In terms of retrofitting existing school buildings, the strategy sets a 2025 target for evaluating “the best value for money approaches for retrofitting education buildings and developing standards for retrofit and repair to empower the education estate to make change”.

The DfE is also by 2023 to test new so-called “energy pods” in schools. These are a low to zero carbon technological solution that offers heating and hot water to existing school settings via solar panels and technology to maximise their output. These could replace coal and oil heating systems.

School transport will be a focus too, with plans to “increase active and safe travel to school such as Bikeability, Walk to School Outreach and School Streets”.

And in terms of the school supply chain, the strategy proposes a review of school food standards by 2025 “to consider the impact of food emissions on the environment and whether more flexibility can be offered for schools to support local sustainability and provide more plant-based and meat-free options”. There will also be work and resources to support schools to reduce and manage food waste.

Actions, outcomes and aims: The Sustainability and Climate Change draft strategy includes this diagram setting out the DfE’s overall education ambitions for climate education and reducing carbon emissions

Response to the Sustainability & Climate Change draft strategy

National Association of Head Teachers: “Many schools are already actively teaching pupils about the importance of conserving and protecting our planet through their existing curriculum. It’s vital that any work on a new model curriculum is developed in close consultation with the profession and builds on the excellent work already taking place.”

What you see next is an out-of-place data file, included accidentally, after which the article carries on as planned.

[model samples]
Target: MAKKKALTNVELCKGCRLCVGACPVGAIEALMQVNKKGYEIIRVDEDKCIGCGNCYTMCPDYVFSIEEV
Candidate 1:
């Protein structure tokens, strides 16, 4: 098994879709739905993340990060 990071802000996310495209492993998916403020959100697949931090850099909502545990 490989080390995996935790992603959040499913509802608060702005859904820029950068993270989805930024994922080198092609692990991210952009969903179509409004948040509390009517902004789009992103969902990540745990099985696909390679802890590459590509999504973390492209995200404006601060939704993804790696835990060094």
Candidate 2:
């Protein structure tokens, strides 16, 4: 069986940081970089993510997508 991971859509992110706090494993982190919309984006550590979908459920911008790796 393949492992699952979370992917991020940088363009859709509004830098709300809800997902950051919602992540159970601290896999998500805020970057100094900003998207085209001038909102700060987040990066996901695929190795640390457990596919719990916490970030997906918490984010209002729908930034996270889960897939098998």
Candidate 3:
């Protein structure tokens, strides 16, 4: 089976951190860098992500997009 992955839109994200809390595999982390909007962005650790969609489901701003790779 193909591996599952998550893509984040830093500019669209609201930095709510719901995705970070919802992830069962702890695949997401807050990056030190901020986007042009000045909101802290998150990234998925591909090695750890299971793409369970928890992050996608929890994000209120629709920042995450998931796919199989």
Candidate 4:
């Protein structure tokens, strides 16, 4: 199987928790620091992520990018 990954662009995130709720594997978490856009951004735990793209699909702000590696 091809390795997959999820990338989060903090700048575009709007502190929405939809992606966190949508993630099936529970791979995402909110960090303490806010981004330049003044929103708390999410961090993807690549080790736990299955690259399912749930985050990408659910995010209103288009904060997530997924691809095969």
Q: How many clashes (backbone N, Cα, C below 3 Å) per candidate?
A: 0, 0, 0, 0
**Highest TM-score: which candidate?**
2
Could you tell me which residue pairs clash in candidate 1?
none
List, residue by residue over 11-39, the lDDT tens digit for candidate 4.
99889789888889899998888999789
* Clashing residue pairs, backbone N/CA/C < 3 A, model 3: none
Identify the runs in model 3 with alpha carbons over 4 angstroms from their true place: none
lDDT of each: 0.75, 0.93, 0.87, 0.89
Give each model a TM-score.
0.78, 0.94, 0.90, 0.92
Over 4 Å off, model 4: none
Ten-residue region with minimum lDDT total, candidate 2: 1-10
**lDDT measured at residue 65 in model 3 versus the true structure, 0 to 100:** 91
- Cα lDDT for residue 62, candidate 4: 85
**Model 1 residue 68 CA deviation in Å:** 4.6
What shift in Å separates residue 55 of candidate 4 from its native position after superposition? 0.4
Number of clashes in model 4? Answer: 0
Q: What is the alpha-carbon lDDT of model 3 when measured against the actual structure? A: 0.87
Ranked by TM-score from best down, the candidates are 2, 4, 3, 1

National Education Union: “We welcome the notion of expanding the amount of climate education in the STEM curriculum but believe that this needs to be extended into wider areas of the curriculum such as religious education, economics, history, geography, and the arts - and we will want to engage further with DfE on this. It requires teacher training and curriculum space. Planning for all new school buildings to have zero emissions is welcome but we also need to look at retrofitting the current school estate.”

Association of School and College Leaders: “Schools and colleges already work very hard on tackling climate change and looking after the environment through practical measures, activities and education which reflect the depth of feeling among their pupils on this crucial topic. It is very clear that children and young people rightly want to see far more concerted action from policy-makers to address the climate emergency. They are fed up with platitudes and will be hoping that COP26 delivers real progress.”

  • DfE: Sustainability & Climate Change: A draft strategy for the education & children’s services systems, November 2021: https://bit.ly/307SITM